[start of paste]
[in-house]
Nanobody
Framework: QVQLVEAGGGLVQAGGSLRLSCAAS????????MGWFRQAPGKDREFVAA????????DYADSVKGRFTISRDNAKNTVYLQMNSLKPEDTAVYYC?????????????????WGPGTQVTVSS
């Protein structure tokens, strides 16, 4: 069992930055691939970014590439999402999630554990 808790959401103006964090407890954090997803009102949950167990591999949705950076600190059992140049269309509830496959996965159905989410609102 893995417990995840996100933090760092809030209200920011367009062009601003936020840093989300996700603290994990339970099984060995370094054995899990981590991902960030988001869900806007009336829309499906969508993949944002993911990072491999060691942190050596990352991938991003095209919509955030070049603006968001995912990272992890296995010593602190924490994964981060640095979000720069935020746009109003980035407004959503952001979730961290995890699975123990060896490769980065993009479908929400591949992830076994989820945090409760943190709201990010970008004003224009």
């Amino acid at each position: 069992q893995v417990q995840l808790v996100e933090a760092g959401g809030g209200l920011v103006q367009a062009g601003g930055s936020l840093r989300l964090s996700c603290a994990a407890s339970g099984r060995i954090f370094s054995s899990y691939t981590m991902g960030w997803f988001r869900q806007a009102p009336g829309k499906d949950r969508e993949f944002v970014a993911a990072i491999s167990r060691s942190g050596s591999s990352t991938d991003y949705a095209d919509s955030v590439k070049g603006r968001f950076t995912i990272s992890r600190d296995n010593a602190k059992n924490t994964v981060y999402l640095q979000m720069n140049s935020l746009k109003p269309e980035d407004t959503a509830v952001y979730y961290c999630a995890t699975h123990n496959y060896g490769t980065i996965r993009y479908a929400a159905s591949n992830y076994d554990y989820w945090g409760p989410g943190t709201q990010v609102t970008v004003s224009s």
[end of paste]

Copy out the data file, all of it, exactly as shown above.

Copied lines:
[in-house]
Nanobody
Framework: QVQLVEAGGGLVQAGGSLRLSCAAS????????MGWFRQAPGKDREFVAA????????DYADSVKGRFTISRDNAKNTVYLQMNSLKPEDTAVYYC?????????????????WGPGTQVTVSS
């Protein structure tokens, strides 16, 4: 069992930055691939970014590439999402999630554990 808790959401103006964090407890954090997803009102949950167990591999949705950076600190059992140049269309509830496959996965159905989410609102 893995417990995840996100933090760092809030209200920011367009062009601003936020840093989300996700603290994990339970099984060995370094054995899990981590991902960030988001869900806007009336829309499906969508993949944002993911990072491999060691942190050596990352991938991003095209919509955030070049603006968001995912990272992890296995010593602190924490994964981060640095979000720069935020746009109003980035407004959503952001979730961290995890699975123990060896490769980065993009479908929400591949992830076994989820945090409760943190709201990010970008004003224009």
């Amino acid at each position: 069992q893995v417990q995840l808790v996100e933090a760092g959401g809030g209200l920011v103006q367009a062009g601003g930055s936020l840093r989300l964090s996700c603290a994990a407890s339970g099984r060995i954090f370094s054995s899990y691939t981590m991902g960030w997803f988001r869900q806007a009102p009336g829309k499906d949950r969508e993949f944002v970014a993911a990072i491999s167990r060691s942190g050596s591999s990352t991938d991003y949705a095209d919509s955030v590439k070049g603006r968001f950076t995912i990272s992890r600190d296995n010593a602190k059992n924490t994964v981060y999402l640095q979000m720069n140049s935020l746009k109003p269309e980035d407004t959503a509830v952001y979730y961290c999630a995890t699975h123990n496959y060896g490769t980065i996965r993009y479908a929400a159905s591949n992830y076994d554990y989820w945090g409760p989410g943190t709201q990010v609102t970008v004003s224009s």